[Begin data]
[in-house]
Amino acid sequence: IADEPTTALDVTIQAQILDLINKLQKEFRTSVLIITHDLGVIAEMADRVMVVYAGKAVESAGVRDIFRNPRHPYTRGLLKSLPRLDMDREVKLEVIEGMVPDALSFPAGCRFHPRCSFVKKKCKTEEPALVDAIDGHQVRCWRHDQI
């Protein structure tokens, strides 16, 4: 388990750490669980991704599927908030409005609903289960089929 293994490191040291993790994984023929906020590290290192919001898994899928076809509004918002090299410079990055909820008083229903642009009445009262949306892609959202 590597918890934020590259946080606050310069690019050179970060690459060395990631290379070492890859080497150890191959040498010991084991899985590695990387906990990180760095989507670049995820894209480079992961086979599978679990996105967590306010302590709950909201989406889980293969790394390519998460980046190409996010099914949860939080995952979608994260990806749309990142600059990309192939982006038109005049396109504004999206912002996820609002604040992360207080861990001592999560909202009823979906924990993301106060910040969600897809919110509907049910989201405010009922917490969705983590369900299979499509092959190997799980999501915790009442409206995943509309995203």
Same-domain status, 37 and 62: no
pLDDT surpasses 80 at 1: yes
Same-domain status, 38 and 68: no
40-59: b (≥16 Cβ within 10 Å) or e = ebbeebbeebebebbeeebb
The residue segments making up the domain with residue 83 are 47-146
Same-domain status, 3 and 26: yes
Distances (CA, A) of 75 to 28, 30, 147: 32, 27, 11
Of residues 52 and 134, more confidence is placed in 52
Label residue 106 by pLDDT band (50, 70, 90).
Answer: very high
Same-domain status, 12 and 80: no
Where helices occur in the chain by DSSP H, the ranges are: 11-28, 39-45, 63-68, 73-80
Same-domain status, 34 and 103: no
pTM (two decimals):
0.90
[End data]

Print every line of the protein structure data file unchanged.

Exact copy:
[in-house]
Amino acid sequence: IADEPTTALDVTIQAQILDLINKLQKEFRTSVLIITHDLGVIAEMADRVMVVYAGKAVESAGVRDIFRNPRHPYTRGLLKSLPRLDMDREVKLEVIEGMVPDALSFPAGCRFHPRCSFVKKKCKTEEPALVDAIDGHQVRCWRHDQI
């Protein structure tokens, strides 16, 4: 388990750490669980991704599927908030409005609903289960089929 293994490191040291993790994984023929906020590290290192919001898994899928076809509004918002090299410079990055909820008083229903642009009445009262949306892609959202 590597918890934020590259946080606050310069690019050179970060690459060395990631290379070492890859080497150890191959040498010991084991899985590695990387906990990180760095989507670049995820894209480079992961086979599978679990996105967590306010302590709950909201989406889980293969790394390519998460980046190409996010099914949860939080995952979608994260990806749309990142600059990309192939982006038109005049396109504004999206912002996820609002604040992360207080861990001592999560909202009823979906924990993301106060910040969600897809919110509907049910989201405010009922917490969705983590369900299979499509092959190997799980999501915790009442409206995943509309995203």
Same-domain status, 37 and 62: no
pLDDT surpasses 80 at 1: yes
Same-domain status, 38 and 68: no
40-59: b (≥16 Cβ within 10 Å) or e = ebbeebbeebebebbeeebb
The residue segments making up the domain with residue 83 are 47-146
Same-domain status, 3 and 26: yes
Distances (CA, A) of 75 to 28, 30, 147: 32, 27, 11
Of residues 52 and 134, more confidence is placed in 52
Label residue 106 by pLDDT band (50, 70, 90).
Answer: very high
Same-domain status, 12 and 80: no
Where helices occur in the chain by DSSP H, the ranges are: 11-28, 39-45, 63-68, 73-80
Same-domain status, 34 and 103: no
pTM (two decimals):
0.90